What do you hope to accomplish through your research as a carnivore ecologist? How can we help protect these magnificent creatures?
There are so many reasons why large carnivores are important for a healthy, functioning ecosystem, yet most of the world’s large carnivores face threats that may eventually lead to their extinction. And these threats are almost entirely human-caused! I hope to accomplish a thorough understanding of carnivore ecology at the human-wildland interface and use those scientific conclusions to make recommendations for how humans can modify their behavior to coexist with carnivores. It’s easier said than done, because, for many people, human-carnivore conflict is a threat to their safety or livelihood, and I need to make sure that my conservation recommendations aren’t in opposition to their best interests.
What advice do you have for young explorers, especially young women, who aspire to make a difference and work in STEM-related fields?
The phrase that has essentially become my motto when I work with young people interested in science is “don’t confuse performance with passion.” When I was in middle school and high school, I got very poor grades in my science and math classes — and I mean barely passing my classes. There wasn’t much indication that I would go on to get three science degrees and build a career using high-level science and math every day, except that I really enjoyed the subjects and thought the content was fascinating. Some people (like me) are not great at traditional test-based evaluations, but if I had let my grades determine my career, I wouldn’t be a Nat Geo Fellow today! Passion can often take you further than academic performance can, and I now know plenty of fantastic scientists who struggled with their classes when they were young.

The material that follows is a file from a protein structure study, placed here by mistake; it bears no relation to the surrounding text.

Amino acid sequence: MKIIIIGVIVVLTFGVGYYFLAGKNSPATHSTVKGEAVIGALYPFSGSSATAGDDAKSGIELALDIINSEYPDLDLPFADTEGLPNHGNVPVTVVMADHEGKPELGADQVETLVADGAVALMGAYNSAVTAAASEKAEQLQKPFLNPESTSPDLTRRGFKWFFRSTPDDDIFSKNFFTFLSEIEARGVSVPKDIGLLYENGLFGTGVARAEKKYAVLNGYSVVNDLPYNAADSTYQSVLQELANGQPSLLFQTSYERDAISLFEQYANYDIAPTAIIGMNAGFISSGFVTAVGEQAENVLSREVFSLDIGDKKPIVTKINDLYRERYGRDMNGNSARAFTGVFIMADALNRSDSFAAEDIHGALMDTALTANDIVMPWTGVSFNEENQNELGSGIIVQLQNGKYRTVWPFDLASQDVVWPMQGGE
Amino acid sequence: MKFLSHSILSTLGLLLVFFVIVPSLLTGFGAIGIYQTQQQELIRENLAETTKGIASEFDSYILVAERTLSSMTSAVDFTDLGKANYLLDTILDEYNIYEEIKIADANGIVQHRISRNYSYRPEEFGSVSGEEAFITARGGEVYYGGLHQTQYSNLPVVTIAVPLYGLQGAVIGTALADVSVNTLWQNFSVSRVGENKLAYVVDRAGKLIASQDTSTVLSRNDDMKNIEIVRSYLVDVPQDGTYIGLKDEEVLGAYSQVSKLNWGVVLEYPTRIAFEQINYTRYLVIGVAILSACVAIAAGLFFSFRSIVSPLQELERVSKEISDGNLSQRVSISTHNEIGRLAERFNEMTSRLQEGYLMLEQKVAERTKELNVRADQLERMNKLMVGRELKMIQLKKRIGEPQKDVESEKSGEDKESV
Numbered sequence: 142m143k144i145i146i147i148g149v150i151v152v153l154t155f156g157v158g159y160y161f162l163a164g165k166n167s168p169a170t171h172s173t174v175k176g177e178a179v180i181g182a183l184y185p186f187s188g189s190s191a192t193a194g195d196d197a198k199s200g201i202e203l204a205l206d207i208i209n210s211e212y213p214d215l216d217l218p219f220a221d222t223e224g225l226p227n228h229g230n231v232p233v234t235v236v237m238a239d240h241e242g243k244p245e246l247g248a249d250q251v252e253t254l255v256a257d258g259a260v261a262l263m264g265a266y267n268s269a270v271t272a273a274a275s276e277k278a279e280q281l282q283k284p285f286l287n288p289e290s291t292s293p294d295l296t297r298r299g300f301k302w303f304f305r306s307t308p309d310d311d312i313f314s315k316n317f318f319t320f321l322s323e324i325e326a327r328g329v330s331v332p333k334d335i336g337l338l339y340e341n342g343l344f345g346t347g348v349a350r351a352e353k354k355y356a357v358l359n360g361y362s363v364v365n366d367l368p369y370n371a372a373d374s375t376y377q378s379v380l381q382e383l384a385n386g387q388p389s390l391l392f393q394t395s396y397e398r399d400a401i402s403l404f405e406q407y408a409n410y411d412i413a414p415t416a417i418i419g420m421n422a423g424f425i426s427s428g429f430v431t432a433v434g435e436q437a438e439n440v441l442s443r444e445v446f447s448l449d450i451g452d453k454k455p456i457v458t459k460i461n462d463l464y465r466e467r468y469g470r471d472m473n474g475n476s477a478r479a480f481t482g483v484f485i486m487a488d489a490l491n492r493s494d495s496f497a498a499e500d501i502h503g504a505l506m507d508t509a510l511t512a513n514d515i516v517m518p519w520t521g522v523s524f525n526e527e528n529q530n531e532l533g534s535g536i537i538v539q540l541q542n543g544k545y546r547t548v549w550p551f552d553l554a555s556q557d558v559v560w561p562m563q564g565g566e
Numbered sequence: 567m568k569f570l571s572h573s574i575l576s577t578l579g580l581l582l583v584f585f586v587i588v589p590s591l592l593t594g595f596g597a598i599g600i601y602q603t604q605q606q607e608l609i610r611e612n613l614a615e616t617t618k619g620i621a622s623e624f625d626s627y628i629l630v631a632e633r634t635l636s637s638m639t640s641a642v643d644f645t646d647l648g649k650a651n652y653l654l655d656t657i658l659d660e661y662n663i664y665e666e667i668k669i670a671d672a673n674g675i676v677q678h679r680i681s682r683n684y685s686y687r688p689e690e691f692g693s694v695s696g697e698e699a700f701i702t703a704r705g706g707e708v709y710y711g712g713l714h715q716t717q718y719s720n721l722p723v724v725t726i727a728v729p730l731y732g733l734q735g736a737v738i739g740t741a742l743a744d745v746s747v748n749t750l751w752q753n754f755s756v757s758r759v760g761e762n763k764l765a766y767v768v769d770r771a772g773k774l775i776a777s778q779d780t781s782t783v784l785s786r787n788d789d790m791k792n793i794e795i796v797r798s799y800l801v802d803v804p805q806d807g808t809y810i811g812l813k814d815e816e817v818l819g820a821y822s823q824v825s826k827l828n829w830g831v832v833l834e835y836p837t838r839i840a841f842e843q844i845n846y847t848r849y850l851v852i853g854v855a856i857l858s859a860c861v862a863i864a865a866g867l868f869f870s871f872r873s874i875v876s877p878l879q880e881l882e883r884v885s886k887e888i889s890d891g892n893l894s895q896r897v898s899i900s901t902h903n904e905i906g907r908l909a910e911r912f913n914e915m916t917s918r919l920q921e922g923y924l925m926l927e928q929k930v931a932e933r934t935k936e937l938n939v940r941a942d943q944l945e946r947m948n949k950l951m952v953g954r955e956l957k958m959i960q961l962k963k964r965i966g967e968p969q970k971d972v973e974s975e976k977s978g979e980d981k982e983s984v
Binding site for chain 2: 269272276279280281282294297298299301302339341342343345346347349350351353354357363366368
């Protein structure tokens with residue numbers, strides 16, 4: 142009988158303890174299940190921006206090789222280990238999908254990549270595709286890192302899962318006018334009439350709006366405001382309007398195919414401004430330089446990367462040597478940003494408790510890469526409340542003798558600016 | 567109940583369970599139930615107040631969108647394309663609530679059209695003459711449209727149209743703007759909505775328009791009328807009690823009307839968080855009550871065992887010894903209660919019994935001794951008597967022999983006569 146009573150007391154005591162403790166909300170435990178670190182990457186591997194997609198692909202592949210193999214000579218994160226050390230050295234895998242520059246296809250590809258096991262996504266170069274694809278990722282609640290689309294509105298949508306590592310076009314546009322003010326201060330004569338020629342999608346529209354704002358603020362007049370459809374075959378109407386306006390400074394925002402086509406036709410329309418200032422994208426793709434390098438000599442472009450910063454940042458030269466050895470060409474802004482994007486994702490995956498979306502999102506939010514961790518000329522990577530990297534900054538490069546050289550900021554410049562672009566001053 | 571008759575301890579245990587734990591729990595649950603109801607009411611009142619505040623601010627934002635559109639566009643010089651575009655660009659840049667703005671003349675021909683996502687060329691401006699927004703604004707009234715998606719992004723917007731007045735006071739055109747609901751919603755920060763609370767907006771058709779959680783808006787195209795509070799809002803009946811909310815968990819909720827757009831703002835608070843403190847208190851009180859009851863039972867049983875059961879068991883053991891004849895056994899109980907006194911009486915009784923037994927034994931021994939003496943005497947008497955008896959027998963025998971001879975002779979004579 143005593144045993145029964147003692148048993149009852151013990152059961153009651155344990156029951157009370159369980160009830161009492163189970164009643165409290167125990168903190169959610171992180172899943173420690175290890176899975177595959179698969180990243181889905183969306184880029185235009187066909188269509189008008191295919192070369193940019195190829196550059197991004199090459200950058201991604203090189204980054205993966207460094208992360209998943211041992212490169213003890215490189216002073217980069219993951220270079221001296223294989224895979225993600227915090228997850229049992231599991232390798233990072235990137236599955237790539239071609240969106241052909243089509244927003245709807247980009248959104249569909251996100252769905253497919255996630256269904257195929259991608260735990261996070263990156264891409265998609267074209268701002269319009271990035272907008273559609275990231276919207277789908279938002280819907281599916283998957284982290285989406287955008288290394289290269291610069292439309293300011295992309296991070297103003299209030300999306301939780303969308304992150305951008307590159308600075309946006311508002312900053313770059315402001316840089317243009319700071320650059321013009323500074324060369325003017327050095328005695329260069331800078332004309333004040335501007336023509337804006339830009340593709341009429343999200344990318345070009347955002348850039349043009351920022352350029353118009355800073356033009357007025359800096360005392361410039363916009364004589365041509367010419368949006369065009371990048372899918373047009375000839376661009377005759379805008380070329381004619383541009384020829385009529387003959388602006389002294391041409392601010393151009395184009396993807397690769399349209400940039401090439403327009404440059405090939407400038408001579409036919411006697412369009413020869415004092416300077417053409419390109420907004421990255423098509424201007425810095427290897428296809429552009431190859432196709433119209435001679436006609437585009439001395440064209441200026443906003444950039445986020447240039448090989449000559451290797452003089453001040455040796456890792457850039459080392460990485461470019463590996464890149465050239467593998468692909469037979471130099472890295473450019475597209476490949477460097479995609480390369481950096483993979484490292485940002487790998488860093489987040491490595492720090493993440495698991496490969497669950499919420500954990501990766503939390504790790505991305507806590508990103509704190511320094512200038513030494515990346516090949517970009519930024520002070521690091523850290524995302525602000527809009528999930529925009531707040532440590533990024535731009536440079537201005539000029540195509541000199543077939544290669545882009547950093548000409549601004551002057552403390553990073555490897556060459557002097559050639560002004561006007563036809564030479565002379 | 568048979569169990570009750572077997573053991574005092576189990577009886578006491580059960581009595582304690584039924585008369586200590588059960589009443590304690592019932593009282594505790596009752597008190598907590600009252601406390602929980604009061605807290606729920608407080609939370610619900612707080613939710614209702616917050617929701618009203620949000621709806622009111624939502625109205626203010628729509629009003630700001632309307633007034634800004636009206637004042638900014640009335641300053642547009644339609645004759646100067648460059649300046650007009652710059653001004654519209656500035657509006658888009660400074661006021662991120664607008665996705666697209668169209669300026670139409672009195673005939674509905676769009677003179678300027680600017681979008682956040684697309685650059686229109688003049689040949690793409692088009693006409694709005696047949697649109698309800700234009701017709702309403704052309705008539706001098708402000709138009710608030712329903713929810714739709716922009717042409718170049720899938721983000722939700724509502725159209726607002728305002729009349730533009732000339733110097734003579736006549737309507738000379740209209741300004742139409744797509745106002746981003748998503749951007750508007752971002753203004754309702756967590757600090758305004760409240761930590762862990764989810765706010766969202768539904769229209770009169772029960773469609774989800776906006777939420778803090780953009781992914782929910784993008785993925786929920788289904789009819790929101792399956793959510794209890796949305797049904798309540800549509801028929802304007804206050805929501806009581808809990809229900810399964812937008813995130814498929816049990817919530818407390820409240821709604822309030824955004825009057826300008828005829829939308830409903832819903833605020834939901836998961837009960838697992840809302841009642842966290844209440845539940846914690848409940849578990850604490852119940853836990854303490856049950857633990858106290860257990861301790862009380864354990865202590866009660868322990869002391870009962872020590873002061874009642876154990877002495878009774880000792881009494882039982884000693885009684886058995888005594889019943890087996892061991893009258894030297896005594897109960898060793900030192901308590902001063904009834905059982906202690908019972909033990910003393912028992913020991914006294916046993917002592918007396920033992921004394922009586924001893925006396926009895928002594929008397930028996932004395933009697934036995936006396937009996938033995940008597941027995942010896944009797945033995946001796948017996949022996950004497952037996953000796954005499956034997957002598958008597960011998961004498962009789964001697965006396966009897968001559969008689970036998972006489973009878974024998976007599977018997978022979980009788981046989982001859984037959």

Finally, you are the equity, inclusion, and diversity officer on the board of governors for the Society of Conservation Biology. Quite the title, and a very fitting role since we’ll be discussing diversity at Expand the Field on Feb. 11. What are your thoughts on representation in your field, and what can be done to make it more equitable?
To make science more diverse and equitable, our society needs to dismantle institutional racism. I don’t believe there is much of a quick fix — as long as entire communities face discrimination and oppression, there is not equal opportunity to participate in certain fields, such as science. Put another way, from microaggressions to all-out violence, the various ways racism is experienced by people of color create real barriers to achievement, and this particularly impacts the ability to break into science. To tackle this, allyship from nontarget communities is essential and can make an incredible difference. Racism is best dismantled by the groups that created it, and I look forward to more of my scientific colleagues doing the work to become allies to target communities.
Rae Wynn Grant is a National Geographic Fellow, working on carnivore mapping with National Geographic’s Last Wild Places initiative in partnership with American Prairie Reserve. Learn more about Last Wild Places and how National Geographic is helping protect and restore some of the last remaining wild landscapes on the planet.